BUSINESS
By Kristine Henry and Kristine Henry,SUN STAFF | May 14, 2000
What was once a mighty submarine hunter, the frigate USS Patterson, is now a couple of Volkswagen Beetle-size hunks of steel and piles and piles of scrap, as Baltimore Marine Industries Inc.'s maiden voyage into the ship-scrapping business draws to a close. Nearly 3,000 tons of steel, 461 tons of aluminum, 62 tons of brass and copper and 54 tons of electrical cable came off the 30-year-old ship, as did a slew of radar and radio equipment, diesel generators and machine presses, all of it to be sold for cash.
BUSINESS
By Kristine Henry and Kristine Henry,SUN STAFF | November 6, 1999
In what could signal a steady stream of new work for hundreds of Sparrows Point shipyard employees, Baltimore Marine Industries Inc. has received its first vessel to be dismantled.In its final passage, the frigate USS Patterson arrived at the shipyard about midnight Thursday from Philadelphia after being towed by a tug through the Chesapeake & Delaware Canal.Baltimore Marine won a $3.8 million Navy contract in September to scrap the ship. Work is expected to begin Monday.The contract means work for 200 employees for about seven months.
BUSINESS
By Bloomberg Business News | May 20, 1994
WASHINGTON -- The Justice Department said yesterday that it has taken over the prosecution of a lawsuit alleging that Martin Marietta Corp. double-billed the government for millions of dollars under a Navy weapons contract.The suit was original filed by a former Martin Marietta employee under the whistle-blower provisions of the False Claims Act, which allow a person with knowledge of fraud against the federal government to sue on behalf of the United States. The government itself can then investigate the claims and take over the lawsuit if it finds that the claims have merit.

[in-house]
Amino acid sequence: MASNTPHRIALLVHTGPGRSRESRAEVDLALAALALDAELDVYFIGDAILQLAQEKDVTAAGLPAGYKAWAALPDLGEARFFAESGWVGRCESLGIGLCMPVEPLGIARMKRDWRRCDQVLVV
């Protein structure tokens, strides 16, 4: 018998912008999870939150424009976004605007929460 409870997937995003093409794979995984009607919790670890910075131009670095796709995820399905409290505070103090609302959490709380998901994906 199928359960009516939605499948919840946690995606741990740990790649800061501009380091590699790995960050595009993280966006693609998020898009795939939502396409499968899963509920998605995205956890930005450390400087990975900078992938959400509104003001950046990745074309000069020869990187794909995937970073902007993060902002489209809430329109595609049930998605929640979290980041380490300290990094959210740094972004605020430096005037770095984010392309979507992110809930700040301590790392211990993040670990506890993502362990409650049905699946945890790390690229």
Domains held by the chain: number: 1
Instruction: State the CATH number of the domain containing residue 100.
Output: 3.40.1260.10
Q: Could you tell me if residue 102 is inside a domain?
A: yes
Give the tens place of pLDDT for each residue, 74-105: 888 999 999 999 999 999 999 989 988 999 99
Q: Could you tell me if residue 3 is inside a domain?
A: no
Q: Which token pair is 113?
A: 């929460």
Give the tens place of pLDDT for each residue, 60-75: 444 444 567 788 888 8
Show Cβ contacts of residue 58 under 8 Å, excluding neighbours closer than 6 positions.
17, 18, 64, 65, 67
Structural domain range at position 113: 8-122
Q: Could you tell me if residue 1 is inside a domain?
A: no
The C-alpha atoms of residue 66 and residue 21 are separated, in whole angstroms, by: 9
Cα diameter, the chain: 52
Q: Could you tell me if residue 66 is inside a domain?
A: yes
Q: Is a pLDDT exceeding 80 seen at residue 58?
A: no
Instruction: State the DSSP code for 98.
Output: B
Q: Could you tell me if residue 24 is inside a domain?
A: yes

BUSINESS
By Ted Shelsby and Ted Shelsby,Sun Staff Writer | June 17, 1994
Workers at Martin Marietta Corp.'s Middle River complex got some good news yesterday in the form of a new Navy contract, but the word on the West Coast was less welcome, as about 400 jobs in San Diego will be eliminated as the company consolidates its rocket production operations.The company's Aero and Naval Systems division in Baltimore County was awarded a $41.25 million Navy contract to provide design and engineering services related to the production of a rocket-launching system used on ships.
BUSINESS
By Kristine Henry and Kristine Henry,SUN STAFF | September 12, 1999
Baltimore Marine Industries Inc. executives are clear on one thing: The shipyard first and foremost is in the repair and conversion business. But it sure wouldn't hurt if the company could land a pending deal with the Navy worth about $500 million -- nearly 10 times the revenue it had last year.The shipyard had been on a fast track to permanent mothballing two years ago, and the fact that it's earning any money at all seems remarkable.In 1997, Bethlehem Steel unloaded its unprofitable BethShip shipyard onto a New York-based merchant banking fund for nearly half the asking price.
BUSINESS
October 22, 1997
The Navy has renewed its 25-year relationship with Tracor Inc. at the Patuxent River Naval Air Station, awarding a contract extension worth up to $27.2 million for air traffic control support, the company said yesterday.Under the new contract, Tracor's Systems Engineering group will continue its role at the Naval Air Warfare Center Aircraft Division for another five years.The company is based in Texas but has about 45 employees at Patuxent River, all working on a variety of air traffic control radars and landing systems used by Navy aircraft carriers and amphibious assault ships.